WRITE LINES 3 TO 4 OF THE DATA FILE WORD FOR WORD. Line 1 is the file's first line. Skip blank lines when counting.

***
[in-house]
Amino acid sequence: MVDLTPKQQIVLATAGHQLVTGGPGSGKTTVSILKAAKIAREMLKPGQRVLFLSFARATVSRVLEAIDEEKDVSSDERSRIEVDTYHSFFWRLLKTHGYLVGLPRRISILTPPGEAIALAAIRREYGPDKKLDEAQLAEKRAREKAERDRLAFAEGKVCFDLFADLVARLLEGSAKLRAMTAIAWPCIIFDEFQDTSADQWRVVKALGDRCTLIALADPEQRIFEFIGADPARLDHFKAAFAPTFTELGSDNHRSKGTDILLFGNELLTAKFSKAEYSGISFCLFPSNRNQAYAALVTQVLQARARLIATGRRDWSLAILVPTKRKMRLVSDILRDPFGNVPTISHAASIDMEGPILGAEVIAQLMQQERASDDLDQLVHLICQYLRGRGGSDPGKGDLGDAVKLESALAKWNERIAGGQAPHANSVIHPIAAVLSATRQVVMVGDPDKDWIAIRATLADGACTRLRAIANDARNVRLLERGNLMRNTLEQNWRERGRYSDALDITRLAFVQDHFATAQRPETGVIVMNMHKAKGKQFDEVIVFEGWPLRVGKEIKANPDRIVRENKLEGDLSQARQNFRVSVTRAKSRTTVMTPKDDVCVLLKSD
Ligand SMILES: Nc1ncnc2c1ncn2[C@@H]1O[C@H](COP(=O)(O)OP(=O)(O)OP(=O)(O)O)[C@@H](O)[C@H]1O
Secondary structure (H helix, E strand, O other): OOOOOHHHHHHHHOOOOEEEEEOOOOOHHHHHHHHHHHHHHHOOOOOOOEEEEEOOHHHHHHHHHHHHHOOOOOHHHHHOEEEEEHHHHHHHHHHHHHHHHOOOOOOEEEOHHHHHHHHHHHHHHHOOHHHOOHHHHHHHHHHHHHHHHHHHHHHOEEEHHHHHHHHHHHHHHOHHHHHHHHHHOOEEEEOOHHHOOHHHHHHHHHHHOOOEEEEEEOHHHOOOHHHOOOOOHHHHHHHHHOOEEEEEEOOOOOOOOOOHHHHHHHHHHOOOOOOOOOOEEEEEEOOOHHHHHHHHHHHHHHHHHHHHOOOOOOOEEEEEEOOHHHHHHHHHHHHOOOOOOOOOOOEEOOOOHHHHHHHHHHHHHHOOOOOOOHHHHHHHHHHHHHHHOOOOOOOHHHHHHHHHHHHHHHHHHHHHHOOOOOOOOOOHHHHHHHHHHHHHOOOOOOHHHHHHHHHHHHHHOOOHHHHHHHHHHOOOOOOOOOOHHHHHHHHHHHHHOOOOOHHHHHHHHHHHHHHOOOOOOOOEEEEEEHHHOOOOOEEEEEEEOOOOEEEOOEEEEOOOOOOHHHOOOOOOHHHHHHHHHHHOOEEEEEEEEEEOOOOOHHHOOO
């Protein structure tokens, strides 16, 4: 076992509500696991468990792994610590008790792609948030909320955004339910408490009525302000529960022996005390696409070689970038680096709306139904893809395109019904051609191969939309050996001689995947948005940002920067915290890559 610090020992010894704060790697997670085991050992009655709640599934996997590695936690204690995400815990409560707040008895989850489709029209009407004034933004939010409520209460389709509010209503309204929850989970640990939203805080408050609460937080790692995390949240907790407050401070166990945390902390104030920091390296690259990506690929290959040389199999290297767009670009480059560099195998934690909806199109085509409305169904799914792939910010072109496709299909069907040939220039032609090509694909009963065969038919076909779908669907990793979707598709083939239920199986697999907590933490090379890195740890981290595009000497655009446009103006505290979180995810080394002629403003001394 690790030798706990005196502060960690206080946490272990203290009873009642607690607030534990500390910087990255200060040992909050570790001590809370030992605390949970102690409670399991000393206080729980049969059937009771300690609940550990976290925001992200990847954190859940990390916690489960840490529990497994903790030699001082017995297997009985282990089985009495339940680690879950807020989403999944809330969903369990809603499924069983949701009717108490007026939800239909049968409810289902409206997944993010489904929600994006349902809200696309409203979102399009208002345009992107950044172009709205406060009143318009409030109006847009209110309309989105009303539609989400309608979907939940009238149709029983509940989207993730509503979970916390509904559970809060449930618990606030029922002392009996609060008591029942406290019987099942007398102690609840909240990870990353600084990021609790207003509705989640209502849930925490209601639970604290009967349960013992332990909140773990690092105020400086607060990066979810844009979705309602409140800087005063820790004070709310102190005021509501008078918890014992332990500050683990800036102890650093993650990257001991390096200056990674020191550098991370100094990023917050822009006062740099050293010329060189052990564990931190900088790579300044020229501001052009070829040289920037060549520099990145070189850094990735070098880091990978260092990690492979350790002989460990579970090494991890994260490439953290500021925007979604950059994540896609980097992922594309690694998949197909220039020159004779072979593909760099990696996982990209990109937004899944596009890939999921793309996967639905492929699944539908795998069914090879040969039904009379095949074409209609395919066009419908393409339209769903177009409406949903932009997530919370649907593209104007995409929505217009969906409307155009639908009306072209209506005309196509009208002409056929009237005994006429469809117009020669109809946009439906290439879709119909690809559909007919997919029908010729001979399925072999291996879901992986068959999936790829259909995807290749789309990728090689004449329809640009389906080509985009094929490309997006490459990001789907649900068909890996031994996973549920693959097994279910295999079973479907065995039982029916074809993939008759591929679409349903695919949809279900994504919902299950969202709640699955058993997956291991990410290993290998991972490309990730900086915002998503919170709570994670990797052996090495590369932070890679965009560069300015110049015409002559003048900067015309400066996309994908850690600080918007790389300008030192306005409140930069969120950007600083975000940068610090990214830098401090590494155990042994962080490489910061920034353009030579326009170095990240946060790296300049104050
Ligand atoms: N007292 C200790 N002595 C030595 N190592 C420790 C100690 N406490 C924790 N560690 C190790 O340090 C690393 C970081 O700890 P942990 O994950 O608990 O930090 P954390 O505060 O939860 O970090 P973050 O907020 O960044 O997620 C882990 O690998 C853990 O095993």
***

Ligand SMILES: Nc1ncnc2c1ncn2[C@@H]1O[C@H](COP(=O)(O)OP(=O)(O)OP(=O)(O)O)[C@@H](O)[C@H]1O
Secondary structure (H helix, E strand, O other): OOOOOHHHHHHHHOOOOEEEEEOOOOOHHHHHHHHHHHHHHHOOOOOOOEEEEEOOHHHHHHHHHHHHHOOOOOHHHHHOEEEEEHHHHHHHHHHHHHHHHOOOOOOEEEOHHHHHHHHHHHHHHHOOHHHOOHHHHHHHHHHHHHHHHHHHHHHOEEEHHHHHHHHHHHHHHOHHHHHHHHHHOOEEEEOOHHHOOHHHHHHHHHHHOOOEEEEEEOHHHOOOHHHOOOOOHHHHHHHHHOOEEEEEEOOOOOOOOOOHHHHHHHHHHOOOOOOOOOOEEEEEEOOOHHHHHHHHHHHHHHHHHHHHOOOOOOOEEEEEEOOHHHHHHHHHHHHOOOOOOOOOOOEEOOOOHHHHHHHHHHHHHHOOOOOOOHHHHHHHHHHHHHHHOOOOOOOHHHHHHHHHHHHHHHHHHHHHHOOOOOOOOOOHHHHHHHHHHHHHOOOOOOHHHHHHHHHHHHHHOOOHHHHHHHHHHOOOOOOOOOOHHHHHHHHHHHHHOOOOOHHHHHHHHHHHHHHOOOOOOOOEEEEEEHHHOOOOOEEEEEEEOOOOEEEOOEEEEOOOOOOHHHOOOOOOHHHHHHHHHHHOOEEEEEEEEEEOOOOOHHHOOO